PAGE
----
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Understanding git-tf vs git workflow

May 16, 2014 at 7:03 PM

Mostly this is a tooling and/or workflow type question.

I am a Windows user of Git for some time. Now adopting TFS 2013 for its Git support. Help me understand. Git-tf interfaces mainly with TFS? In such a way that we can then interface with "traditional" Git repository(ies)?

At least that's what it appears to me to be, but I could be wrong.

Thank you.

Best regards.
May 16, 2014 at 7:10 PM
One clue, which may be wrong on my part, we're not talking TFVC here are we? Or actually, TFS 2013 with Git support?
May 16, 2014 at 7:44 PM

Git-TF is designed to maintain a bridge between your local Git repository and a traditional TFS version control folder on the server. You do not need TFS 2013 for that, currently you may use any previous version till TFS 2010 inclusive.
The typical workflow could be:
  1. Using Git-TF you clone TFVC folder from the TFS server into a local Git repository.
  2. You make your changes in that repository.
  3. Using Git-TF you pull latest changes from TFS that were checked in meantime by your co-workers, and merge the changes with yours in your local repository.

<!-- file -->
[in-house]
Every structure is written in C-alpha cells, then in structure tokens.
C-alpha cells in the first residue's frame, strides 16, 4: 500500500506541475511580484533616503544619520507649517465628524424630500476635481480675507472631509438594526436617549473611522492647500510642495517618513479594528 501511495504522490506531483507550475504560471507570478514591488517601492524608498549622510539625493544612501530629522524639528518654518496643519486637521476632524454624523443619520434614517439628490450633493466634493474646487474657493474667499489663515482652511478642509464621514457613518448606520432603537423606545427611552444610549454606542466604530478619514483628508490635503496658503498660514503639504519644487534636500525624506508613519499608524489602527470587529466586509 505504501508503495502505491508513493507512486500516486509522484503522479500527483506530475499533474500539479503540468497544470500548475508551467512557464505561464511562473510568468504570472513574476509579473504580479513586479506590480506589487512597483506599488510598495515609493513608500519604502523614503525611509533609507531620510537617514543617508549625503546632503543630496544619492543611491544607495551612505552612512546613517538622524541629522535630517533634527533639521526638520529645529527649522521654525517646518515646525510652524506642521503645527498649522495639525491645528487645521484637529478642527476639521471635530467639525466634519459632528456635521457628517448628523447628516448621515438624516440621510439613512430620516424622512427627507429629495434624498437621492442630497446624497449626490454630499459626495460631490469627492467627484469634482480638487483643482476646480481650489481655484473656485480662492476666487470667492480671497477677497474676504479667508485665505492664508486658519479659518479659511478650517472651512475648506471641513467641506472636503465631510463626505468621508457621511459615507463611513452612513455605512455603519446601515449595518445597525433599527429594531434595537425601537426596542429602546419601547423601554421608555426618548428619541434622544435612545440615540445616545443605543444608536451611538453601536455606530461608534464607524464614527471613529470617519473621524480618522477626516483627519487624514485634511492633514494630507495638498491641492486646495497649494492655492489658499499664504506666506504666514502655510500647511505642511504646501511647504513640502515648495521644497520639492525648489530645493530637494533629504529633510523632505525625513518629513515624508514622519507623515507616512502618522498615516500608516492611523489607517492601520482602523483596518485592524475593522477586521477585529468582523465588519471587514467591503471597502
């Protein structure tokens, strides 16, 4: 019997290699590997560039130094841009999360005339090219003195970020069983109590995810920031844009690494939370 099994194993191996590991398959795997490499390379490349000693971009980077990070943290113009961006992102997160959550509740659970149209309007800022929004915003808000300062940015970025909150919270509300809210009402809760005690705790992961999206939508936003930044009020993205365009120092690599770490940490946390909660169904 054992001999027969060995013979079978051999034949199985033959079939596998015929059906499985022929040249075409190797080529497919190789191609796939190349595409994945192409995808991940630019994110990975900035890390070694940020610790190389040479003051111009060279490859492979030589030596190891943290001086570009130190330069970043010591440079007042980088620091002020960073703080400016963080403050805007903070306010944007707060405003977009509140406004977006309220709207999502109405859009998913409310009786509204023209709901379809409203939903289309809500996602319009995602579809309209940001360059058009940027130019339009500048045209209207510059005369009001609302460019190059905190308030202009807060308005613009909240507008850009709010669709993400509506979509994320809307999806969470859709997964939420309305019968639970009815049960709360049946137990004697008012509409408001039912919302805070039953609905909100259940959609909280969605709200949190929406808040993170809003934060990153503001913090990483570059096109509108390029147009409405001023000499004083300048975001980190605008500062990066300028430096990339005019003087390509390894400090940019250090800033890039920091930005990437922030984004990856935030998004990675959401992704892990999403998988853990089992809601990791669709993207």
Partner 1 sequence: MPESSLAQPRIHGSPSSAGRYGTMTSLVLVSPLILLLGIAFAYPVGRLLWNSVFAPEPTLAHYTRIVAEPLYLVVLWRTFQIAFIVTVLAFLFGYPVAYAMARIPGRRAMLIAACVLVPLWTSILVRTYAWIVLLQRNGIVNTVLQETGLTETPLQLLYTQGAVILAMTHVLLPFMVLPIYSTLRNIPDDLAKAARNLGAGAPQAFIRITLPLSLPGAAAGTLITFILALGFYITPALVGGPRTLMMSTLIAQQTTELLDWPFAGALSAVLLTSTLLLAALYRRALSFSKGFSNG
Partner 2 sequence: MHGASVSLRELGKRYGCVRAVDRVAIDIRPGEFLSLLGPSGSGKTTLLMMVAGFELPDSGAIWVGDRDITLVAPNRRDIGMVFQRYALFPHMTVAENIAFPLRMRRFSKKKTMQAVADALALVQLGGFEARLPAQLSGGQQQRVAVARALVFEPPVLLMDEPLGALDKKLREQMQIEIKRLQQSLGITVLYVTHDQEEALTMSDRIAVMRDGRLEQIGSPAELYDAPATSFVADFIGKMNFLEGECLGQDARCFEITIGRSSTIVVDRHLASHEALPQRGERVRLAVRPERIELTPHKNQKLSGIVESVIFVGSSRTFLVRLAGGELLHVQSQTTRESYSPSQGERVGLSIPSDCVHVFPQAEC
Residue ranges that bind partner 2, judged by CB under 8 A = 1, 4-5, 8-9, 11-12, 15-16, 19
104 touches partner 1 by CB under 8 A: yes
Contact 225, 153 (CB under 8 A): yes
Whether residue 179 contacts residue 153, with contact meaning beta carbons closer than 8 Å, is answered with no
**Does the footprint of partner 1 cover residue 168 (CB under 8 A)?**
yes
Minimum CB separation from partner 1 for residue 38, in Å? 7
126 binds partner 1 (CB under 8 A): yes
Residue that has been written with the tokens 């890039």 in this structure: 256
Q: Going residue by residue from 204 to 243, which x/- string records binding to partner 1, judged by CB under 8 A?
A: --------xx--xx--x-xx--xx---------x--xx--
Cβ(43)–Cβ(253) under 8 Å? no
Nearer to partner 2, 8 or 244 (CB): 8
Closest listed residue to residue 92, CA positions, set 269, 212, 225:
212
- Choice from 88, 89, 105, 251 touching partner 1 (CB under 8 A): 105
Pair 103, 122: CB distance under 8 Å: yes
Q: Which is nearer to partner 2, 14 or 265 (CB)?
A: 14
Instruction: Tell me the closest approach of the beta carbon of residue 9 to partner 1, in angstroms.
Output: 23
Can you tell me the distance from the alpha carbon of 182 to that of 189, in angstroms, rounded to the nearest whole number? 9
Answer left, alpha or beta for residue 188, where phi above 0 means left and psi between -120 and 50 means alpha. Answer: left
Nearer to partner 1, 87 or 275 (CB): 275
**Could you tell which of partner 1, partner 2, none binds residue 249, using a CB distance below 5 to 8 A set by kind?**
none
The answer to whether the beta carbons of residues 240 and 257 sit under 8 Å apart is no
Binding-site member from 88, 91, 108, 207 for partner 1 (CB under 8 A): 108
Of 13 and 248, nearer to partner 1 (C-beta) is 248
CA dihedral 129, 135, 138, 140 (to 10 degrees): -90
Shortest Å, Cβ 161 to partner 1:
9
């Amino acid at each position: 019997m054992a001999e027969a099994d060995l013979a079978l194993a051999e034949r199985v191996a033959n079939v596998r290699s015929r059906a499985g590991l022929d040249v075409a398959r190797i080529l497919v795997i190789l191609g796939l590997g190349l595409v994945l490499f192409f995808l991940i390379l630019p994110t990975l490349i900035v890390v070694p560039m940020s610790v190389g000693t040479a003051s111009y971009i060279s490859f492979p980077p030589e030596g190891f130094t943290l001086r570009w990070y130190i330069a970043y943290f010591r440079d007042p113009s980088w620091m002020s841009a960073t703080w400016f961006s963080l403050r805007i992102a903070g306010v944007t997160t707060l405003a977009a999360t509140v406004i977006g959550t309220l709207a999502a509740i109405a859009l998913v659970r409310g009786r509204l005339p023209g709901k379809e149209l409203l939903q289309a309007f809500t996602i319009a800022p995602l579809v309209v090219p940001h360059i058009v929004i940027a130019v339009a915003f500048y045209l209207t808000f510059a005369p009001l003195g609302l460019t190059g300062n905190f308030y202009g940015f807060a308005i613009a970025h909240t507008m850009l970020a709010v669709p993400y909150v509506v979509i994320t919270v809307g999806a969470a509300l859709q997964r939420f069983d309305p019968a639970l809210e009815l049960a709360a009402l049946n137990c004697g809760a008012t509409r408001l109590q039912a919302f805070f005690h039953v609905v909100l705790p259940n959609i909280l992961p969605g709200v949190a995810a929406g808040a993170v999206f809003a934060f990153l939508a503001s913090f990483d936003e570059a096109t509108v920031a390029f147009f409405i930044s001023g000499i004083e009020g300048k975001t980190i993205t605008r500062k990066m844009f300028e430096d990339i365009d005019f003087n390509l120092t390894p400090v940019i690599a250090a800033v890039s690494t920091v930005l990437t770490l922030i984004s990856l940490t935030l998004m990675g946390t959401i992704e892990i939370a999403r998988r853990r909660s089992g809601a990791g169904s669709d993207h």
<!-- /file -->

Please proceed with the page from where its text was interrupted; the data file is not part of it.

4. Your resolve any conflicts locally (if needed).
  5. Using Git-TF you check in the merged changes into the TFS server's TFVC project,
  6. Repeat 2-5.
In case you're going to use TFS 2013's Git version control, you do not need the Git-TF utility at all. TFS 2013 supports the standard Git version control, just select Git as the version control option when creating a Team project. After that you'll be able to create repositories (several per project) in it and use TFS server as other people use GitHub for example. You may use Visual Studio or any other Git compatible tools (e.g. MSysGit, EGit, JGit command line, etc.)

Marked as answer by mwpowellhtx on 5/16/2014 at 1:01 PM
May 16, 2014 at 9:00 PM
Ok, ok. That answers the other part of the question. Standard Git protocol it is. Thank you.